Note: Where available, the PDF/Word icon below is provided to view the complete and fully formatted document
"Logistics and Defence: coping with change". Keynote address to LOGCON '98, Canberra, 30 March 1998



Download WordDownload Word

image

 

Minister for Defence Industry, Science and Personnel

The Hon Bronwyn Bishop MP

 

"Logistics and Defence: Coping with Change"

 

Keynote address to LOGCON '98

 

Canberra

30 March 1998

 

Good morning ladies and gentlemen, and welcome to LOGCON'98, the theme of which is "Logistics: coping with change".

 

Change is with us and our natural inclinations make us change resistant.

 

But to survive in today's world, we need to cope with change and if we want to do more than survive, if we want to excel - we need to embrace change.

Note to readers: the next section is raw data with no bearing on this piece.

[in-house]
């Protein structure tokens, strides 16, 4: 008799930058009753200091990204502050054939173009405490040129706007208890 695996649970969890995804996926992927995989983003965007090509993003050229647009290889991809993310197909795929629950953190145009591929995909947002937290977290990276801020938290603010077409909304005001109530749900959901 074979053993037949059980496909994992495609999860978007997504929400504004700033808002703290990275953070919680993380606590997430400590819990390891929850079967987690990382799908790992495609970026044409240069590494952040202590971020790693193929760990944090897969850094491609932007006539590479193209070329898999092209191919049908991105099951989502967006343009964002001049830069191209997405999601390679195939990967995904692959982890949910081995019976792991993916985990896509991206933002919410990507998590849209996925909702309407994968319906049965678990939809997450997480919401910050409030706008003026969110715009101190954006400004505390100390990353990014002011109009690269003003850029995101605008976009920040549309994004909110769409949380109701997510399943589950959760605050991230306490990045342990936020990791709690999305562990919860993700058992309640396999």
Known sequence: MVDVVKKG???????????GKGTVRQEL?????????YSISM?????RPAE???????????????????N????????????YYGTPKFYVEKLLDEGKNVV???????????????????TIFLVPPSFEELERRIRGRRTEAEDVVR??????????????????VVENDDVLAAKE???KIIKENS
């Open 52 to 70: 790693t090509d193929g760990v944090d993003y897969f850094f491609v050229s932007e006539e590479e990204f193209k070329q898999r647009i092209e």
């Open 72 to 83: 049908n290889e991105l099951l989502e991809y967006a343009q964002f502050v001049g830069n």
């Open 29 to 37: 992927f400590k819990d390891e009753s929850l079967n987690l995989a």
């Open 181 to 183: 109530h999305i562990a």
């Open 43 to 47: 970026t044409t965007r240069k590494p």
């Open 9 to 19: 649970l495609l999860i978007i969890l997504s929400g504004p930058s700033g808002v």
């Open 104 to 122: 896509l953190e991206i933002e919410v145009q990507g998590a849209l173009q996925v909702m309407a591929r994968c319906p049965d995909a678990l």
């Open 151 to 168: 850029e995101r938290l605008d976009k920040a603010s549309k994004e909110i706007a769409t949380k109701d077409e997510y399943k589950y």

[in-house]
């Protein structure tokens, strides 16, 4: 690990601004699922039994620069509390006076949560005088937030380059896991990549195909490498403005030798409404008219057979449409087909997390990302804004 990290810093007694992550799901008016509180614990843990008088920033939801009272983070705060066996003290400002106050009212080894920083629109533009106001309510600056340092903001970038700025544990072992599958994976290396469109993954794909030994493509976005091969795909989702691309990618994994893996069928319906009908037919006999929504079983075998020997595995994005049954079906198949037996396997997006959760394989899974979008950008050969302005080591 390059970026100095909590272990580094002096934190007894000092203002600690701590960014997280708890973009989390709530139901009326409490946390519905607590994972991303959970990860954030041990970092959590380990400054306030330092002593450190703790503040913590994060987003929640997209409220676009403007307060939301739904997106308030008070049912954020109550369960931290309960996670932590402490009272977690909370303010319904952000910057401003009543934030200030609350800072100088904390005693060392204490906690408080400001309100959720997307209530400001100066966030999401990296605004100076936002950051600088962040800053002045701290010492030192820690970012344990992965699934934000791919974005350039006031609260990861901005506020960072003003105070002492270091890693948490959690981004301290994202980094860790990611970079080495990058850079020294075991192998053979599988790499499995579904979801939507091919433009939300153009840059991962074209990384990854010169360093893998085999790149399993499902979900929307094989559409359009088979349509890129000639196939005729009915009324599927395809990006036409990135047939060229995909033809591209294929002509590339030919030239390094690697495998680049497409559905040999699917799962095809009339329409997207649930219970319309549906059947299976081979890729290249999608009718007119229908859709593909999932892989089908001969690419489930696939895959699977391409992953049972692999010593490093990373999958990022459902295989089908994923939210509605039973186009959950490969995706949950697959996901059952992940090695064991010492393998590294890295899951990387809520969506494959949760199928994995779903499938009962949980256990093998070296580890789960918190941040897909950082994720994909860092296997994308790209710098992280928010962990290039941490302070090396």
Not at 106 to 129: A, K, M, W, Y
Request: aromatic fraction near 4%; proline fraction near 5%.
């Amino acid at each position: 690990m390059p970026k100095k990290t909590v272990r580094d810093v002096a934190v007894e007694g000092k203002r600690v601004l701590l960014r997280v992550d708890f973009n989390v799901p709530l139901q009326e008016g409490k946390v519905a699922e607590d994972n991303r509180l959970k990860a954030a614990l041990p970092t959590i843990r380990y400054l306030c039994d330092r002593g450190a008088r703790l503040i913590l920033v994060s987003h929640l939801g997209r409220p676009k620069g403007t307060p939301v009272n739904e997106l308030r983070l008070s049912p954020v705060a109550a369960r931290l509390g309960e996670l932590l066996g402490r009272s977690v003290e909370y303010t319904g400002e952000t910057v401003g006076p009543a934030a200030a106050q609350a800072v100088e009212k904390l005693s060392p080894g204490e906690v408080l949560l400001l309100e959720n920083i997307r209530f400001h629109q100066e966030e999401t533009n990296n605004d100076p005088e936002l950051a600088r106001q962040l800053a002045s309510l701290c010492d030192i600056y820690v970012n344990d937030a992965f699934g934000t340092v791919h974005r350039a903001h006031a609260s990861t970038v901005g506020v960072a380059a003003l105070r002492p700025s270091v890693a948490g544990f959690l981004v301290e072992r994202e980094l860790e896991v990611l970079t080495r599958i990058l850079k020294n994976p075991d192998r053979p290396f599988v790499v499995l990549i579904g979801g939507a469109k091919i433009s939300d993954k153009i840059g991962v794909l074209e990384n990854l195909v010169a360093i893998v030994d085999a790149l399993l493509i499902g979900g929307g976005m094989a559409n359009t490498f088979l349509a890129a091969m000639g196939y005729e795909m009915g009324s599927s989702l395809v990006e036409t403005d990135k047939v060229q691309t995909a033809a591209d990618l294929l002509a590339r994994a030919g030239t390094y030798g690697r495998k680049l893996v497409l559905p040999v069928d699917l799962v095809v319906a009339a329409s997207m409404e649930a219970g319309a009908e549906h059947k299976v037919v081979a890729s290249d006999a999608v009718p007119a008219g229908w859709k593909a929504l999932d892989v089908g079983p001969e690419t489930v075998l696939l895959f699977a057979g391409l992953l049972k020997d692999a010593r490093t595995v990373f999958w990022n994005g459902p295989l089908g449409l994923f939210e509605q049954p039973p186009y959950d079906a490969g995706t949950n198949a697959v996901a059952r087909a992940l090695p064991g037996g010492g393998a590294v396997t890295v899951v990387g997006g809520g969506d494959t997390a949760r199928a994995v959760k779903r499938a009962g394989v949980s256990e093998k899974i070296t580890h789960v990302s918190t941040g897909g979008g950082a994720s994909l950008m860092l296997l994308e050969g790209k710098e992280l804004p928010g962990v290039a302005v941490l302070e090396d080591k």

The Defence Reform Program is just one of the measures that this Government has put in place to address the need for change in Defence. The DRP is changing not only the structure of Defence but, more importantly, the way that it does business.

 

And my Strategic Defence Industry Policy will take it further.

 

Over the next two days you will be discussing some of these changes in depth. But this morning I would like to say a few words covering some of the sessions of the conference:

 

• Logistics a t the sharp end

 

• Follow-on support

 

• Acquisition Logistics

 

Underlining these issues are what I see as the key philosophical changes that a change of government has brought about.

 

LOGISTICS AT THE SHARP END

 

Recent years have seen the introduction into service of increasingly more sophisticated weapon platforms and military equipment. There have been changes to operational doctrine and tactics, to organisational and command structures, and even to the make up of the service population.

 

There is no doubt that these changes to combat capability will significantly impact on the way support is delivered.